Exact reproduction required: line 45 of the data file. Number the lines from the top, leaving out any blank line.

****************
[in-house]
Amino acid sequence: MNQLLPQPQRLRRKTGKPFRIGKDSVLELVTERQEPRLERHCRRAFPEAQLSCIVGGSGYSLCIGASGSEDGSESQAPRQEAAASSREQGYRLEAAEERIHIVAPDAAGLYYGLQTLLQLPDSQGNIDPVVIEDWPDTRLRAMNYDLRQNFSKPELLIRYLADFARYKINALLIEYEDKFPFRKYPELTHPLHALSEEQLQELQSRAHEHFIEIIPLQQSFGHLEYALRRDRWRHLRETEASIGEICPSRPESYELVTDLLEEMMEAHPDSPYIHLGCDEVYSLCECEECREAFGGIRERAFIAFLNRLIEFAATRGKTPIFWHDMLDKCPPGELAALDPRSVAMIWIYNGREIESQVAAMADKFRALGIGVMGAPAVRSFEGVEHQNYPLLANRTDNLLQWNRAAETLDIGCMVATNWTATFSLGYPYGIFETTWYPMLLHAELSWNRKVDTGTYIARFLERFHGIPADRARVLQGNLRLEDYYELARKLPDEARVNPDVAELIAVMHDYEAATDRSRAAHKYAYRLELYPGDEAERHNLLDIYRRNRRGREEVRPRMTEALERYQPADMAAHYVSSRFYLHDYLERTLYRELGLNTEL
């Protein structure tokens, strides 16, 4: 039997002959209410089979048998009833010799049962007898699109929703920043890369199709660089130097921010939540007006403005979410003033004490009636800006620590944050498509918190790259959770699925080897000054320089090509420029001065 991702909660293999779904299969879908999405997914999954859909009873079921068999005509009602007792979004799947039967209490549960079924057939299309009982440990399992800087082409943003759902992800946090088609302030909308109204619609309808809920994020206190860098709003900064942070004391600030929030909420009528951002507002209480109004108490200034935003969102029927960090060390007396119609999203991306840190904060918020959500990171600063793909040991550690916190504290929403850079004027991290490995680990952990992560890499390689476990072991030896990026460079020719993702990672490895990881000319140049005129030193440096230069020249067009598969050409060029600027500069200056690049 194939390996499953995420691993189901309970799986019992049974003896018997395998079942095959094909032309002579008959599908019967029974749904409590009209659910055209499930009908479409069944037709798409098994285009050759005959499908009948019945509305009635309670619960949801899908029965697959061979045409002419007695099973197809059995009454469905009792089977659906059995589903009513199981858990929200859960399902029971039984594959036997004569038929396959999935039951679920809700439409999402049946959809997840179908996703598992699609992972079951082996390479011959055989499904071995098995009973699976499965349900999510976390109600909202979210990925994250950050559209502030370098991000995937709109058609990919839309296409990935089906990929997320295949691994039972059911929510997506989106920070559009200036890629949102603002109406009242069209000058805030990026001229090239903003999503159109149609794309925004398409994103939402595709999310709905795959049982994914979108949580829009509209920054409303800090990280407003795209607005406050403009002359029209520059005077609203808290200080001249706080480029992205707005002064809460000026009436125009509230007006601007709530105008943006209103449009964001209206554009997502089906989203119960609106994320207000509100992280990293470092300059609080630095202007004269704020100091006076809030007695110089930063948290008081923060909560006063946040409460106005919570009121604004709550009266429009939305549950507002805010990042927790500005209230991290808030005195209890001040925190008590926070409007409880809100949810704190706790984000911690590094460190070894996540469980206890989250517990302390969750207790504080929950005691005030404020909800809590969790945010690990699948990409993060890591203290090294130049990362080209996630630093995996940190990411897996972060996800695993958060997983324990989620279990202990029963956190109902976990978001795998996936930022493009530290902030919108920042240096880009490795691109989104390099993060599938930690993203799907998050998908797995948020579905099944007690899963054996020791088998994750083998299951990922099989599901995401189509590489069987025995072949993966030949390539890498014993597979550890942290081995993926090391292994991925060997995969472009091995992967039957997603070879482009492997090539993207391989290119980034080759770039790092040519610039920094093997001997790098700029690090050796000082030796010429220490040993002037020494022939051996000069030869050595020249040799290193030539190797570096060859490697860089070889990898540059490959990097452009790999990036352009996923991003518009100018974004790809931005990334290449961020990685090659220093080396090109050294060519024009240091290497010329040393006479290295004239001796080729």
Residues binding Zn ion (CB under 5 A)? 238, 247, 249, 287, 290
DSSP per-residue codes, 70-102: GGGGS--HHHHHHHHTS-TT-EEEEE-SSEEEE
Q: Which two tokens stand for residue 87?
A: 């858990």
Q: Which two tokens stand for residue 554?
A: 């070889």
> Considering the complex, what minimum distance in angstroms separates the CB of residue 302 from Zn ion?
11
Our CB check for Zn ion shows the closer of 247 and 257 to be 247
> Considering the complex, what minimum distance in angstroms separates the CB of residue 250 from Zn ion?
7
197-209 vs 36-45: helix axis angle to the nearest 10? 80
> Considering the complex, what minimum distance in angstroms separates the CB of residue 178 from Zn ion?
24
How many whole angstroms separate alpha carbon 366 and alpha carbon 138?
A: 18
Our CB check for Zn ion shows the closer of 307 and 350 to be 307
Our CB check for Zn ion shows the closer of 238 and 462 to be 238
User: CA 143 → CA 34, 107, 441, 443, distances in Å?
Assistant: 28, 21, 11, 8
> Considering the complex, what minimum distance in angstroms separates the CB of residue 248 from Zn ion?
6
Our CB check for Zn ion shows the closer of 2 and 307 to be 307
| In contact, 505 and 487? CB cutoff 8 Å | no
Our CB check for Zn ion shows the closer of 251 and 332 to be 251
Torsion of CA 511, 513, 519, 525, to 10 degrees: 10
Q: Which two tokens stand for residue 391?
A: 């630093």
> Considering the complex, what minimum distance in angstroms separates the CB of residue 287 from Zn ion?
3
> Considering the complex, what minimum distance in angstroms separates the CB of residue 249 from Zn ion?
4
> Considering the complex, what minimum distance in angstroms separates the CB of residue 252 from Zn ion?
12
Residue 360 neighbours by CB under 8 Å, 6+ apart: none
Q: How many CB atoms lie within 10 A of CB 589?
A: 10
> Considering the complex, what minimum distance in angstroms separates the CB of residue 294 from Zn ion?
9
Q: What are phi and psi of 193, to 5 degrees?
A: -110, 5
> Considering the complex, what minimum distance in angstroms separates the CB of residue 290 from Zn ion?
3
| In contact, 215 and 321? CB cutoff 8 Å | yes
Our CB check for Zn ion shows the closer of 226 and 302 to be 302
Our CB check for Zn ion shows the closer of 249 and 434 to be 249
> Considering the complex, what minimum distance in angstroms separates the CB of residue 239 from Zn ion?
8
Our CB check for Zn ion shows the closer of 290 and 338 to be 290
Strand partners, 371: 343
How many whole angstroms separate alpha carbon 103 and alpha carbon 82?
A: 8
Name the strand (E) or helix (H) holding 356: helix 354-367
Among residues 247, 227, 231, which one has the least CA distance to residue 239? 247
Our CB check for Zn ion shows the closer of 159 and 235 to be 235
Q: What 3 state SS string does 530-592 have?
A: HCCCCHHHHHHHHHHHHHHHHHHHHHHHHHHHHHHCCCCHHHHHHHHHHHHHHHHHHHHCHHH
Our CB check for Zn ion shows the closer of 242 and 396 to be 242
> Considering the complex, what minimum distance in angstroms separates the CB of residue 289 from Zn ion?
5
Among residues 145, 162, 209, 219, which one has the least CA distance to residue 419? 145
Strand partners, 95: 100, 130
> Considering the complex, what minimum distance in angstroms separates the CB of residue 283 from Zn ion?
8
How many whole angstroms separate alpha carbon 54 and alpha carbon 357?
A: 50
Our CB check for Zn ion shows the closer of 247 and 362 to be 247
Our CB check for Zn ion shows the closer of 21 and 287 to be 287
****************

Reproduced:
> Considering the complex, what minimum distance in angstroms separates the CB of residue 290 from Zn ion?